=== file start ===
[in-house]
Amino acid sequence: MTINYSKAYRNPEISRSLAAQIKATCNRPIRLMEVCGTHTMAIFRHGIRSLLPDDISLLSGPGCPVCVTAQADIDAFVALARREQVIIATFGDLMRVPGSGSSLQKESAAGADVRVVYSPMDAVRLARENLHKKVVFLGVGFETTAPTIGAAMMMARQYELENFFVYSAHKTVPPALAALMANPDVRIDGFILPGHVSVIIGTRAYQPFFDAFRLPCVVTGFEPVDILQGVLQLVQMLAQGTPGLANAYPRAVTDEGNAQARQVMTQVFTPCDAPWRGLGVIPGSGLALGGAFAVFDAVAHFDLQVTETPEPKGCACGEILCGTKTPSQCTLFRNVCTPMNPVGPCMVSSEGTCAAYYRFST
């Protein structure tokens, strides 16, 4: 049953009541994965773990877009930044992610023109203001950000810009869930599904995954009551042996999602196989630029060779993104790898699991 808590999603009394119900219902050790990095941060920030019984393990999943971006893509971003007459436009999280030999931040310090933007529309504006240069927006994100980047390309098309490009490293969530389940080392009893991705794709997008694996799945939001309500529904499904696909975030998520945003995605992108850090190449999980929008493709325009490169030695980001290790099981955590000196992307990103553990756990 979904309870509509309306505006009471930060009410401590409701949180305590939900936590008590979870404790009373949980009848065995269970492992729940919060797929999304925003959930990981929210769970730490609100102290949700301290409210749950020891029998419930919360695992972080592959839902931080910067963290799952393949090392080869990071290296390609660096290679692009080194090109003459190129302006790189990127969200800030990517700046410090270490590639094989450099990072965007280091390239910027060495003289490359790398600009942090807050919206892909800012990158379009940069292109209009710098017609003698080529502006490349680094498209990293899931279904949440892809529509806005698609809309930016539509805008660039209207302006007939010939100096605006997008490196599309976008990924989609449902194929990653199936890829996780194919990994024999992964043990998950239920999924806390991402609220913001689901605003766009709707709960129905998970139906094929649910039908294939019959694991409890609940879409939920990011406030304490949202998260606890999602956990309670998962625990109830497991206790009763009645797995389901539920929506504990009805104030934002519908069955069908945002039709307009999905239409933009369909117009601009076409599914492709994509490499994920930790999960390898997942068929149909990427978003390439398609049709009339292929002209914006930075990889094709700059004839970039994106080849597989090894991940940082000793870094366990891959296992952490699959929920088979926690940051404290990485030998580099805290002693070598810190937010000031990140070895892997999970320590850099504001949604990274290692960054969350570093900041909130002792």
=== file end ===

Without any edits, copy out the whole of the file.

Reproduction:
[in-house]
Amino acid sequence: MTINYSKAYRNPEISRSLAAQIKATCNRPIRLMEVCGTHTMAIFRHGIRSLLPDDISLLSGPGCPVCVTAQADIDAFVALARREQVIIATFGDLMRVPGSGSSLQKESAAGADVRVVYSPMDAVRLARENLHKKVVFLGVGFETTAPTIGAAMMMARQYELENFFVYSAHKTVPPALAALMANPDVRIDGFILPGHVSVIIGTRAYQPFFDAFRLPCVVTGFEPVDILQGVLQLVQMLAQGTPGLANAYPRAVTDEGNAQARQVMTQVFTPCDAPWRGLGVIPGSGLALGGAFAVFDAVAHFDLQVTETPEPKGCACGEILCGTKTPSQCTLFRNVCTPMNPVGPCMVSSEGTCAAYYRFST
């Protein structure tokens, strides 16, 4: 049953009541994965773990877009930044992610023109203001950000810009869930599904995954009551042996999602196989630029060779993104790898699991 808590999603009394119900219902050790990095941060920030019984393990999943971006893509971003007459436009999280030999931040310090933007529309504006240069927006994100980047390309098309490009490293969530389940080392009893991705794709997008694996799945939001309500529904499904696909975030998520945003995605992108850090190449999980929008493709325009490169030695980001290790099981955590000196992307990103553990756990 979904309870509509309306505006009471930060009410401590409701949180305590939900936590008590979870404790009373949980009848065995269970492992729940919060797929999304925003959930990981929210769970730490609100102290949700301290409210749950020891029998419930919360695992972080592959839902931080910067963290799952393949090392080869990071290296390609660096290679692009080194090109003459190129302006790189990127969200800030990517700046410090270490590639094989450099990072965007280091390239910027060495003289490359790398600009942090807050919206892909800012990158379009940069292109209009710098017609003698080529502006490349680094498209990293899931279904949440892809529509806005698609809309930016539509805008660039209207302006007939010939100096605006997008490196599309976008990924989609449902194929990653199936890829996780194919990994024999992964043990998950239920999924806390991402609220913001689901605003766009709707709960129905998970139906094929649910039908294939019959694991409890609940879409939920990011406030304490949202998260606890999602956990309670998962625990109830497991206790009763009645797995389901539920929506504990009805104030934002519908069955069908945002039709307009999905239409933009369909117009601009076409599914492709994509490499994920930790999960390898997942068929149909990427978003390439398609049709009339292929002209914006930075990889094709700059004839970039994106080849597989090894991940940082000793870094366990891959296992952490699959929920088979926690940051404290990485030998580099805290002693070598810190937010000031990140070895892997999970320590850099504001949604990274290692960054969350570093900041909130002792």